To coincide with Small Business Advice Week, Paul Barnes, senior director, product strategy at Webroot, outlines some top tips on how small-and-medium-sized businesses (SMBs) can improve their cybersecurity.
The rise of digital technology is rapidly changing the business environment in the UK, but one thing remains the same: SMBs are at the heart of the economy.
According to Webroot research, SMBs are spending almost an entire working day (18% of their time) a week on cybersecurity tasks. And almost half (48%) have had to de-prioritise activities that would help grow their business in order to address cybersecurity issues. Of the SMB businesses that had been targeted, 70% were used as an entry point into a larger enterprise system they supply to, with nearly a quarter (22%) admitting they are no longer a supplier as a result.
With this in mind, here are some best practice tips for how small businesses can dramatically reduce their risk of becoming a target, and free up more time to prioritise activities that drive business growth:
- Always educate. Security awareness training can’t be a simple tick-box activity for SMBs. It needs to be continual, so cybersecurity stays top-of-mind and user error is minimised. Attention also needs to be paid to the method of delivery. Micro learning, or short courses about five to 10 minutes each, is a best practice among e-learning specialists when it comes to information retention and attention span.
- Take a layered approach. SMBs need to leverage next-generation endpoint protection, network protection and security awareness training to help cover the numerous gaps that cybercriminals and hackers deploy to compromise businesses.
- Know the signs. Phishing is a favourite technique amongst attackers. Make sure employees are confident in identifying the different types of attack. Security awareness training that incorporates phishing simulations ensures that people, processes, and technology are all harnessed effectively together to defend against cybercriminals.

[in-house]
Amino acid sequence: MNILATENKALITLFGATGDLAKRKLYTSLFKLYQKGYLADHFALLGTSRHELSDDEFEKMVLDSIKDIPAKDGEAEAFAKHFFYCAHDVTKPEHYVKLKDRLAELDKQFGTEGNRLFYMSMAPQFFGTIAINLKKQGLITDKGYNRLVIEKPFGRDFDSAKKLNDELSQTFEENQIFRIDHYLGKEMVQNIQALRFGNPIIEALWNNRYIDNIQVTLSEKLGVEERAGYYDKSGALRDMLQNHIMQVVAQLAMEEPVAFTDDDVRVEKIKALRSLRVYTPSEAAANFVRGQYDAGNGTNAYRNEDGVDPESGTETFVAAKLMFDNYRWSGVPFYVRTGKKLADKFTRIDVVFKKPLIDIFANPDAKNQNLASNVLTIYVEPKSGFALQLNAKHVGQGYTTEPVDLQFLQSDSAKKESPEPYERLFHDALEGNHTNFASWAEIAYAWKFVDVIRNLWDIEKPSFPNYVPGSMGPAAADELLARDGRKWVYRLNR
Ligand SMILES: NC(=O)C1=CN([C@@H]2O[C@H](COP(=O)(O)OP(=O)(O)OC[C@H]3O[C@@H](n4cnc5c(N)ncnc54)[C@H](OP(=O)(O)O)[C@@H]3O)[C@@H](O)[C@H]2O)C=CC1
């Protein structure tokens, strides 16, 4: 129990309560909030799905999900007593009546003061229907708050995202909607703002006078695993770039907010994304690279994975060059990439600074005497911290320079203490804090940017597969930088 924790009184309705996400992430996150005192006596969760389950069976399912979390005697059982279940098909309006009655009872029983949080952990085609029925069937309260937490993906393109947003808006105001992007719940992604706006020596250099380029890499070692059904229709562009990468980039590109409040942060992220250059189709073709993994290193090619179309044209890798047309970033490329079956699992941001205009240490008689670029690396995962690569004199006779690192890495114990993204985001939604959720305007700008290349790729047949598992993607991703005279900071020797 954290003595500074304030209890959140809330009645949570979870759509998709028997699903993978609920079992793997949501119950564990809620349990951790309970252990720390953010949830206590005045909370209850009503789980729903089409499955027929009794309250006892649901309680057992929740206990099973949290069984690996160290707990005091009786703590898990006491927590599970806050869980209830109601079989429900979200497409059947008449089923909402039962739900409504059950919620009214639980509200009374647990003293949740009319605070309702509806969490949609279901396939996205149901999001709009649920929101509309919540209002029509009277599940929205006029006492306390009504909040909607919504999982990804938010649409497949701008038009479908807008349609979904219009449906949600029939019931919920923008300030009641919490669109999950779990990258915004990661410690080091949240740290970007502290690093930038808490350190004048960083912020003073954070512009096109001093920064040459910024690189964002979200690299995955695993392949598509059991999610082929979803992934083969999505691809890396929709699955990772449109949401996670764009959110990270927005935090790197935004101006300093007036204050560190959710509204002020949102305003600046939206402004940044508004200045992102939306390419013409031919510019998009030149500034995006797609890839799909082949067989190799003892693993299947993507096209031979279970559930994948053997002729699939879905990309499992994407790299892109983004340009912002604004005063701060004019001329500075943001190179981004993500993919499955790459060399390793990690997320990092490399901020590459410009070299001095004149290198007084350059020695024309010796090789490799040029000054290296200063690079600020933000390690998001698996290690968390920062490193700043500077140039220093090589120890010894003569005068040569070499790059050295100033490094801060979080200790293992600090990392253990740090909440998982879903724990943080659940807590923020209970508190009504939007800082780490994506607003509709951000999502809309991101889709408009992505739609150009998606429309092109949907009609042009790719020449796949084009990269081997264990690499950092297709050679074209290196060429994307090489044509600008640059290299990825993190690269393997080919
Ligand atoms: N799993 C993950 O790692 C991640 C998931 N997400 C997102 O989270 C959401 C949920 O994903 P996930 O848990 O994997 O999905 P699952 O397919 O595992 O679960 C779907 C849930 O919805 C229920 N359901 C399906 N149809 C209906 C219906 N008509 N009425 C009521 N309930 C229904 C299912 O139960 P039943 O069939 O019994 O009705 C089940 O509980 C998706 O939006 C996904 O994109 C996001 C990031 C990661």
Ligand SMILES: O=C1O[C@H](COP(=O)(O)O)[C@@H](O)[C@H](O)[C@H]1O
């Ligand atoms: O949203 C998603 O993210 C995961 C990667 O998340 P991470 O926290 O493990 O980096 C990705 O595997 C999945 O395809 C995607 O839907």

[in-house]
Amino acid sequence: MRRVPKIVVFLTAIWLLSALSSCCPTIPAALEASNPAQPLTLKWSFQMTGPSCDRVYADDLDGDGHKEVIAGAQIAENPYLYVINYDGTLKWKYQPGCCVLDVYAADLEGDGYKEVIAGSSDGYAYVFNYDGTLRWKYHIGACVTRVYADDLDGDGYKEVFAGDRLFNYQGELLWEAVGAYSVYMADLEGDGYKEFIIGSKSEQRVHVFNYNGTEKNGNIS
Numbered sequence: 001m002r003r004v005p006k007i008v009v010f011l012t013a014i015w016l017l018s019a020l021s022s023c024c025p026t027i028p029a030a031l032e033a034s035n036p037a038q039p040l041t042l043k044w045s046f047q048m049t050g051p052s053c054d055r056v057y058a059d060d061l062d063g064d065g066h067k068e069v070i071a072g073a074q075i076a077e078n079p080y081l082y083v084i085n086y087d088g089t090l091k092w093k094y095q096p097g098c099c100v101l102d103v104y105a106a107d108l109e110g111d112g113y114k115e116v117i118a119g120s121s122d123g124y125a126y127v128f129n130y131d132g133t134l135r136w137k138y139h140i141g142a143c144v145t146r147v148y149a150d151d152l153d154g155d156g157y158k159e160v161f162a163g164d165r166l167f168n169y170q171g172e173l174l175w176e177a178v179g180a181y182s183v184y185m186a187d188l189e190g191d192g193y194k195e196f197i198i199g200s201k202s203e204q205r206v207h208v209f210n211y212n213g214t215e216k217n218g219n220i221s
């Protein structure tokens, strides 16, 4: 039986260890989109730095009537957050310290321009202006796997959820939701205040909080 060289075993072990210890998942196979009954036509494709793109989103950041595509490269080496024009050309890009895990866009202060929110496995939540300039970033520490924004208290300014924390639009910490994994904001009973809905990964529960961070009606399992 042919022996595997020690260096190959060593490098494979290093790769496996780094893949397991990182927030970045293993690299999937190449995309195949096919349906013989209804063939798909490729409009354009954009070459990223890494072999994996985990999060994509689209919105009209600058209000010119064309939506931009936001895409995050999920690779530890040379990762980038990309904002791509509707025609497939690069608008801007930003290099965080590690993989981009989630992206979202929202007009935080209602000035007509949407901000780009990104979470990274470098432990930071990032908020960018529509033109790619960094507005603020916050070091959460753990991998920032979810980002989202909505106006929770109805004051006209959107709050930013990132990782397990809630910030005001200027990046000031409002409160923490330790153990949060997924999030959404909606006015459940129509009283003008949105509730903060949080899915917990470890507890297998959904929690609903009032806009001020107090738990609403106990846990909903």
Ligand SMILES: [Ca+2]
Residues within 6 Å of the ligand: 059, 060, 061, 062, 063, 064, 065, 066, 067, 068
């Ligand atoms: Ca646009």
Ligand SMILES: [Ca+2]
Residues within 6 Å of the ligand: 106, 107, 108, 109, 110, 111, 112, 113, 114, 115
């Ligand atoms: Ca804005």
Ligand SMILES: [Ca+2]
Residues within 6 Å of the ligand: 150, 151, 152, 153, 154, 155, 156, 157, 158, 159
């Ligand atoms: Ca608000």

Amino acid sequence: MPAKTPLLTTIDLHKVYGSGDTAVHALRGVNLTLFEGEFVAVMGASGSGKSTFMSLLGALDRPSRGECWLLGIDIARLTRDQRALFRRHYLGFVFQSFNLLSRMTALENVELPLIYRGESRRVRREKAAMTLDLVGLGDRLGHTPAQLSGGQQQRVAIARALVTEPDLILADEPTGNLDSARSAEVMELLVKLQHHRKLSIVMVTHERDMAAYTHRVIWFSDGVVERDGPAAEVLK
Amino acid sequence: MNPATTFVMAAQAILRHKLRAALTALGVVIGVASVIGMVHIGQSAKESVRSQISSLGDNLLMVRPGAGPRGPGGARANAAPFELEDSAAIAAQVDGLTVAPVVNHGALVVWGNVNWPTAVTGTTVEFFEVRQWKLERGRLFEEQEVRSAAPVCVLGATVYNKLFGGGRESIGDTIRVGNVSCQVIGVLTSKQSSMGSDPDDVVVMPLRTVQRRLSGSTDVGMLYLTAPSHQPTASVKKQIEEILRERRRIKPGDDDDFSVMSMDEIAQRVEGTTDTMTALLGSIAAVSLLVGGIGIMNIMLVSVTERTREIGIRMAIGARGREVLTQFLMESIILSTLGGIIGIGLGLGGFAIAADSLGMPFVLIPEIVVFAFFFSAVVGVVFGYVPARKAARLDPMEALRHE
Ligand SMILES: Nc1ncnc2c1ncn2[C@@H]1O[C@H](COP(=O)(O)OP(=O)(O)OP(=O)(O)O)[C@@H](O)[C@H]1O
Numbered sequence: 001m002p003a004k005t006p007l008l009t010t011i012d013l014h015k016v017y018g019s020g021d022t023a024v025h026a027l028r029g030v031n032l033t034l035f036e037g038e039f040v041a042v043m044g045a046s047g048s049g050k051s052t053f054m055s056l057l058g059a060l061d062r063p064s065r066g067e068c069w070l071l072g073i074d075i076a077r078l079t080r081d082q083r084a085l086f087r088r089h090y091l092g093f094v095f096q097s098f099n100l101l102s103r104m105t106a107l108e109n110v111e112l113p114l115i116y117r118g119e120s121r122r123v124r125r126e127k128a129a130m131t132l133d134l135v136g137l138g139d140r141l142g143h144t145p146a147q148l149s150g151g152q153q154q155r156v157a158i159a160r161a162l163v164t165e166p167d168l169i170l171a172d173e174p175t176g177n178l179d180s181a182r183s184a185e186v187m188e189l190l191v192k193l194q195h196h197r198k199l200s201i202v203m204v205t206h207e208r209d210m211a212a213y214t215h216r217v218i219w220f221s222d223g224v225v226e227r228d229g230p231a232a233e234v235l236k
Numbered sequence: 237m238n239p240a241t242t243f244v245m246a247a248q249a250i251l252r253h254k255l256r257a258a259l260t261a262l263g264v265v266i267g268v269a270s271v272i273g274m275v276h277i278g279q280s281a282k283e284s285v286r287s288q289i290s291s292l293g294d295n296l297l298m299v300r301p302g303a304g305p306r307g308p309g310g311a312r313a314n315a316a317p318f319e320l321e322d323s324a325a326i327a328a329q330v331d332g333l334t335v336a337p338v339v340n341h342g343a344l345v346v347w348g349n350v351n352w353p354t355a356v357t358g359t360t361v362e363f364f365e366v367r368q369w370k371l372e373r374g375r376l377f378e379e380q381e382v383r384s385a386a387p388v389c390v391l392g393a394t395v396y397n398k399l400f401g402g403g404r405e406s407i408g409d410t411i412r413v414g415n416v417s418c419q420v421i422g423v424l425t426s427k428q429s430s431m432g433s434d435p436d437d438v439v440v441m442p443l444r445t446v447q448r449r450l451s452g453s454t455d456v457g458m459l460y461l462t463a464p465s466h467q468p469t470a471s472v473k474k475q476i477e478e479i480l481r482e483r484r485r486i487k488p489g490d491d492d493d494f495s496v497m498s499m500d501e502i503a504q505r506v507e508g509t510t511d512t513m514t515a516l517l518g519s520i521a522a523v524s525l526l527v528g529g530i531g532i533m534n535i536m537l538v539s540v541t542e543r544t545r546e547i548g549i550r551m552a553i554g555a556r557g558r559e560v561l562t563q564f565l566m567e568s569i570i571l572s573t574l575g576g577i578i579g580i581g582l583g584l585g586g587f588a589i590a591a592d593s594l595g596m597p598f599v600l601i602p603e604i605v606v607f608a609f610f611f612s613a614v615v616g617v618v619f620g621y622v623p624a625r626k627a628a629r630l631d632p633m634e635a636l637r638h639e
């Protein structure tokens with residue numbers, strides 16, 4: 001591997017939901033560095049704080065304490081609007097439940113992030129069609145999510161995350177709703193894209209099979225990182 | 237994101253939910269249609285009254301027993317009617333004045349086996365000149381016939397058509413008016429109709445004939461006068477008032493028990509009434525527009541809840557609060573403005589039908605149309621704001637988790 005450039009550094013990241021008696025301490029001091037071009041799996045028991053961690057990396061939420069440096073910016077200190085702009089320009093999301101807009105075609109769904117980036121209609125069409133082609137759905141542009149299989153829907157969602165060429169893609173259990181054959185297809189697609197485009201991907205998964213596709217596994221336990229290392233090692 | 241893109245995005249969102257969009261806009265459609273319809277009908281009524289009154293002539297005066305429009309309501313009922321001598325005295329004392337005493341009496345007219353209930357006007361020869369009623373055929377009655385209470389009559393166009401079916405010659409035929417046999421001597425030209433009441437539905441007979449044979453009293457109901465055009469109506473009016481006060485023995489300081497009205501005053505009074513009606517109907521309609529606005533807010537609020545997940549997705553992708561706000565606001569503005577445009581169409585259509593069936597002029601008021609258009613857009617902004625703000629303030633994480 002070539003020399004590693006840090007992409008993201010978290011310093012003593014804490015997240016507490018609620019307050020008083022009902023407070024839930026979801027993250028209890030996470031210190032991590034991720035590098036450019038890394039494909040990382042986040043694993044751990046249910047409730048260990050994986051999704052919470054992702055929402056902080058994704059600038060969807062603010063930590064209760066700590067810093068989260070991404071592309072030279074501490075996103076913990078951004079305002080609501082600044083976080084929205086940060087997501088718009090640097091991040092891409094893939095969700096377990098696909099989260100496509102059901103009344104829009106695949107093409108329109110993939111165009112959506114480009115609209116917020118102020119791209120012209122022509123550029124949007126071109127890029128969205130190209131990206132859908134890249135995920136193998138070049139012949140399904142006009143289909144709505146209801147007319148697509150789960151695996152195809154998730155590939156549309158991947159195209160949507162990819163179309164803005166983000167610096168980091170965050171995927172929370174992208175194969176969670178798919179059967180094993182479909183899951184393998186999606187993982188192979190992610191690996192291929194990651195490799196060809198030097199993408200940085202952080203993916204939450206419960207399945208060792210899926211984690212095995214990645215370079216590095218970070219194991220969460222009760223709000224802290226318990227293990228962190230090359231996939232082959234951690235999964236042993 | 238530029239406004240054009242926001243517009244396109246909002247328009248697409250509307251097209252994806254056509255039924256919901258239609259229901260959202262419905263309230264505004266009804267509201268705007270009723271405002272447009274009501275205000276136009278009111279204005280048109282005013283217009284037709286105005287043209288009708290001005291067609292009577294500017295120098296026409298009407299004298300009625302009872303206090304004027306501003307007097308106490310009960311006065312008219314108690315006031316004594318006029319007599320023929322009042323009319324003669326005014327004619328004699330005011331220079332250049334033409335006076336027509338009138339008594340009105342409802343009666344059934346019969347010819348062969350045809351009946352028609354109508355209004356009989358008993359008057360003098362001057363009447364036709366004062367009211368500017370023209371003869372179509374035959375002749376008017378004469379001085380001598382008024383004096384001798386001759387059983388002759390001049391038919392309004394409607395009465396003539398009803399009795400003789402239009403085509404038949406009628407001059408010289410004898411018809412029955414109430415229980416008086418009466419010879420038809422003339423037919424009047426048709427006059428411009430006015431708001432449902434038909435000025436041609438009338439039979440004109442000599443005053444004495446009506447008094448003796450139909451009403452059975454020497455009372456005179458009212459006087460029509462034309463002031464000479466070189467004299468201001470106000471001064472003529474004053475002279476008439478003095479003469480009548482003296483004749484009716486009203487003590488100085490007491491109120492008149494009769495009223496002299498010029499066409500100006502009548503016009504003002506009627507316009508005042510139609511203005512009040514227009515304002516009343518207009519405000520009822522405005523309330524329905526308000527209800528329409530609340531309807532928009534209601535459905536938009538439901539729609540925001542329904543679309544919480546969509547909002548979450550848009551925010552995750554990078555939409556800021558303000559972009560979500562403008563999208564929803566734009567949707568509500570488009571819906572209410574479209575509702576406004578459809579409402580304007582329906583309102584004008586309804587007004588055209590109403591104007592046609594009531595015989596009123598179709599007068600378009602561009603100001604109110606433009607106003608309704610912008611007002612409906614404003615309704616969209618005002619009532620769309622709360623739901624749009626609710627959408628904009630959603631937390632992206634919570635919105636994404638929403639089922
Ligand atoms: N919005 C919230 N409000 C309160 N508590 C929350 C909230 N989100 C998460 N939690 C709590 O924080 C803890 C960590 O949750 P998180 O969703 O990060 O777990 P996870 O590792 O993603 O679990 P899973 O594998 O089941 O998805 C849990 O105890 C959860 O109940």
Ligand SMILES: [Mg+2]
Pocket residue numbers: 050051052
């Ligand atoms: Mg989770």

- Assess your risk profile. Every business has different risk factors. If you don’t have the expertise, get an independent security audit or a Managed Security Provider (MSP) to help assess your security posture. Work to develop a plan for adequate ongoing risk mitigation. Look at your GDPR exposure and follow guidelines to ensure the appropriate mitigation criteria are met.
- Plan for the worst. Create a data breach response plan that identifies specific security experts to call and a communications response plan to notify customers, staff and the public. Have a backup and recovery strategy.
As each year passes, the cybersecurity landscape rapidly evolves. SMBs need to keep a pulse on fast-changing threats and put plans in place to proactively shield their data. No matter what industry you’re in or your current technology setup, considering ways to improve your cybersecurity posture is an important investment that can pave the way for a secure future.
With the confidence that they are protected, small businesses can digitally transform and enhance the experiences of their customers and employees to ultimately secure long term success. Size does matter when it comes to cybersecurity, and it can be SMBs’ main advantage in times of change.